Judging Williams’ creation is a more difficult task, requiring knowledge of both Ahmadinejad’s words and deeds — as well as those of "the first several U.S. Presidents." Since recent polls show that most of Williams’ viewers cannot even recite the names of "the first several U.S. Presidents" — and know even less about the new Iranian president — awarding Williams the prize is problematic. If he wants the recognition he deserves, Williams should spell out some of the following facts:

Mahmoud Ahmadinejad, the new president of Iran, has proudly proclaimed his membership in the Pasdaran — the Iranian Revolutionary Guards Corps — the entity responsible for seizing the U.S. Embassy and holding American diplomats and Marines hostage for 444 days. He now claims that he only supported the embassy seizure because that’s what Ayatollah Khomeini wanted. Ahmadinejad insists he did not participate in it, but at least four of the former hostages place the president-elect among their captors.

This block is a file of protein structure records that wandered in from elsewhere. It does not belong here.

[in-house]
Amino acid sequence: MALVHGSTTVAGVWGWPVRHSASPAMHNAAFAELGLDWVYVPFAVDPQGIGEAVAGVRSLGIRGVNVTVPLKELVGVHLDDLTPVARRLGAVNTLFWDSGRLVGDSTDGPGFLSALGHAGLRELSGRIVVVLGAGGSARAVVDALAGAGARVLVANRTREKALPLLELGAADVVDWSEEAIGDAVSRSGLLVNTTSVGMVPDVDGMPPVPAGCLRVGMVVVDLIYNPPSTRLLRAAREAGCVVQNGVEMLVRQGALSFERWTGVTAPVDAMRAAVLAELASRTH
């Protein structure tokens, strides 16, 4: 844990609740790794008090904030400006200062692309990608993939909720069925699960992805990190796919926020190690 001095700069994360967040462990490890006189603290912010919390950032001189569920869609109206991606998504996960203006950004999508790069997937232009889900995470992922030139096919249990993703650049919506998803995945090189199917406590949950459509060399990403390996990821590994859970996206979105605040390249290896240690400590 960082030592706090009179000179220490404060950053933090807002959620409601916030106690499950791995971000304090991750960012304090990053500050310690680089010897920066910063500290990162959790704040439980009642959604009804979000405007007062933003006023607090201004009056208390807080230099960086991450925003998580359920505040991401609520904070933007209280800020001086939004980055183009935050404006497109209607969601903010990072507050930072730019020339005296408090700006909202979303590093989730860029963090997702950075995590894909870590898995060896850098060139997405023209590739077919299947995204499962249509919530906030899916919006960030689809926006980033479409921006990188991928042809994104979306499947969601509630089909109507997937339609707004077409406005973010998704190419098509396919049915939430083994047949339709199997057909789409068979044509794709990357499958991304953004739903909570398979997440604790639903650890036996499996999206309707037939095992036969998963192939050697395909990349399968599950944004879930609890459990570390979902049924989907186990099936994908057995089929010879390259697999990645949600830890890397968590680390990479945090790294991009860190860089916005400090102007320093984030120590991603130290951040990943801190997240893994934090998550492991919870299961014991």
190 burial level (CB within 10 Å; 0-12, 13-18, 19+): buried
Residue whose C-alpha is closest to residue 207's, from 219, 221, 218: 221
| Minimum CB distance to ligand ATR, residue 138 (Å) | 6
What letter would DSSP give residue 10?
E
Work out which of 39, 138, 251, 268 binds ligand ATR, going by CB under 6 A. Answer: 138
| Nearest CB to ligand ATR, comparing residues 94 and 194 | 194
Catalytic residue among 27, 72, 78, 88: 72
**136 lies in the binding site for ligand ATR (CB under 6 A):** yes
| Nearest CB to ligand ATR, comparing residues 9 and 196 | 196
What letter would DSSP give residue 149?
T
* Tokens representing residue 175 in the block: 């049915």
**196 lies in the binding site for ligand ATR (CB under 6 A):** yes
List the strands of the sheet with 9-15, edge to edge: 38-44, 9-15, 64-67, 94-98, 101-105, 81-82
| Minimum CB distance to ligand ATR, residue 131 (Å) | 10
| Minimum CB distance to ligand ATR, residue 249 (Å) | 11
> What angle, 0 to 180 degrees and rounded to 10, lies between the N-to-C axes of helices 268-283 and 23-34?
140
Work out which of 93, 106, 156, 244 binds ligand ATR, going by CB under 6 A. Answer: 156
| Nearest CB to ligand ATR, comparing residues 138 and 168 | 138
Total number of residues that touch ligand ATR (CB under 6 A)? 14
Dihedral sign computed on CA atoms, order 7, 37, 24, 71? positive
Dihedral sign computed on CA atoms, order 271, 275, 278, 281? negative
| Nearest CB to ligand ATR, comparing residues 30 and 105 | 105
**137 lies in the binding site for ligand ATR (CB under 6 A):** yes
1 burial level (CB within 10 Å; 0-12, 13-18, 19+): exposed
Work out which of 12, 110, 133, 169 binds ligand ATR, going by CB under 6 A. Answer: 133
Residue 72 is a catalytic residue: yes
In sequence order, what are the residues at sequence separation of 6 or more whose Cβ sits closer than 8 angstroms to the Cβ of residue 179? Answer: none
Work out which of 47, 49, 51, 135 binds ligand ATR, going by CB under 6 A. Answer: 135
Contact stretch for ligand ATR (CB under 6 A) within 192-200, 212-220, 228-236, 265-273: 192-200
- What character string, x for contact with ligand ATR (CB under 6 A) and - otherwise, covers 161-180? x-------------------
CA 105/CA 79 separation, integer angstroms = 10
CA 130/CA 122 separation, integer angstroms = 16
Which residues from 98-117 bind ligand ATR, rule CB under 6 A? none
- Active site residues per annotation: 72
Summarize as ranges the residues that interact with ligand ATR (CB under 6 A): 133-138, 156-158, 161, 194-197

Iranian reformers — who were not allowed to run in the presidential election that Ahmadinejad won — claim that in the 1980s, he was with the "Internal Security" department of the IRGC and had responsibility for "interrogations, torture and executions." According to current and former IRGC leaders, during that same time frame, the organization assisted the Hezbollah terrorist organization in kidnapping Americans in Beirut, killing 241 Marines at the barracks near the Beirut airport and twice blowing up the American Embassy in the Lebanese capital. One of Ahmadinejad’s most memorable lines: "We did not have a revolution in order to have a democracy." So far, he’s yet to condemn the mass murder in London.

Williams doesn’t specify, but "the first several U.S. Presidents" must include George Washington, John Adams, Thomas Jefferson, James Madison, James Monroe and perhaps Andrew Jackson — the last U.S. President to have served in the American Revolution.